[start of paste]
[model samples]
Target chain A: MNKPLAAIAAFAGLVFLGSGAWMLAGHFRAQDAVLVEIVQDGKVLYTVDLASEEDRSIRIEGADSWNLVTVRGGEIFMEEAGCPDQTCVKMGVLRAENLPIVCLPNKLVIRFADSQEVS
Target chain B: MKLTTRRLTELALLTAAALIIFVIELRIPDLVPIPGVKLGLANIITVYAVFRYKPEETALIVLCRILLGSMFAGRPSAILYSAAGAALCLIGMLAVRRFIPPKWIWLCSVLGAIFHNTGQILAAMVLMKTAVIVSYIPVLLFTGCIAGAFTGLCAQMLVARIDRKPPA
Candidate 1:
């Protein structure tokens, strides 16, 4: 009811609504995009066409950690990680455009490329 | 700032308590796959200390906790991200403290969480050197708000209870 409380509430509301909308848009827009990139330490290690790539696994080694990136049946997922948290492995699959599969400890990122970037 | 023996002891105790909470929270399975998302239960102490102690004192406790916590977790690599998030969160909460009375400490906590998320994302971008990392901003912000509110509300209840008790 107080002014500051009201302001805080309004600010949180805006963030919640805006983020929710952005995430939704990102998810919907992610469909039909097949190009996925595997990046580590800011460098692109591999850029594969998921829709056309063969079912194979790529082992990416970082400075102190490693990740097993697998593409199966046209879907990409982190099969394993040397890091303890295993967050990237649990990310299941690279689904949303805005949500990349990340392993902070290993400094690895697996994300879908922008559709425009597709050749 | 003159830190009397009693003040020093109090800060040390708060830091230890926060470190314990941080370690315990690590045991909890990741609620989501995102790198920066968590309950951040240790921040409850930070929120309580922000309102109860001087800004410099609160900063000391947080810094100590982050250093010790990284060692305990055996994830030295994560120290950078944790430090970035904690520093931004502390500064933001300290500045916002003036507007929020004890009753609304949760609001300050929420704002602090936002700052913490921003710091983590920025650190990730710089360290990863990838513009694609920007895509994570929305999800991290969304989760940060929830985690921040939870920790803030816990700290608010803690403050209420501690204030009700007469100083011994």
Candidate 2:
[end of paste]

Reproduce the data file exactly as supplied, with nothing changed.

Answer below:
[model samples]
Target chain A: MNKPLAAIAAFAGLVFLGSGAWMLAGHFRAQDAVLVEIVQDGKVLYTVDLASEEDRSIRIEGADSWNLVTVRGGEIFMEEAGCPDQTCVKMGVLRAENLPIVCLPNKLVIRFADSQEVS
Target chain B: MKLTTRRLTELALLTAAALIIFVIELRIPDLVPIPGVKLGLANIITVYAVFRYKPEETALIVLCRILLGSMFAGRPSAILYSAAGAALCLIGMLAVRRFIPPKWIWLCSVLGAIFHNTGQILAAMVLMKTAVIVSYIPVLLFTGCIAGAFTGLCAQMLVARIDRKPPA
Candidate 1:
């Protein structure tokens, strides 16, 4: 009811609504995009066409950690990680455009490329 | 700032308590796959200390906790991200403290969480050197708000209870 409380509430509301909308848009827009990139330490290690790539696994080694990136049946997922948290492995699959599969400890990122970037 | 023996002891105790909470929270399975998302239960102490102690004192406790916590977790690599998030969160909460009375400490906590998320994302971008990392901003912000509110509300209840008790 107080002014500051009201302001805080309004600010949180805006963030919640805006983020929710952005995430939704990102998810919907992610469909039909097949190009996925595997990046580590800011460098692109591999850029594969998921829709056309063969079912194979790529082992990416970082400075102190490693990740097993697998593409199966046209879907990409982190099969394993040397890091303890295993967050990237649990990310299941690279689904949303805005949500990349990340392993902070290993400094690895697996994300879908922008559709425009597709050749 | 003159830190009397009693003040020093109090800060040390708060830091230890926060470190314990941080370690315990690590045991909890990741609620989501995102790198920066968590309950951040240790921040409850930070929120309580922000309102109860001087800004410099609160900063000391947080810094100590982050250093010790990284060692305990055996994830030295994560120290950078944790430090970035904690520093931004502390500064933001300290500045916002003036507007929020004890009753609304949760609001300050929420704002602090936002700052913490921003710091983590920025650190990730710089360290990863990838513009694609920007895509994570929305999800991290969304989760940060929830985690921040939870920790803030816990700290608010803690403050209420501690204030009700007469100083011994």
Candidate 2: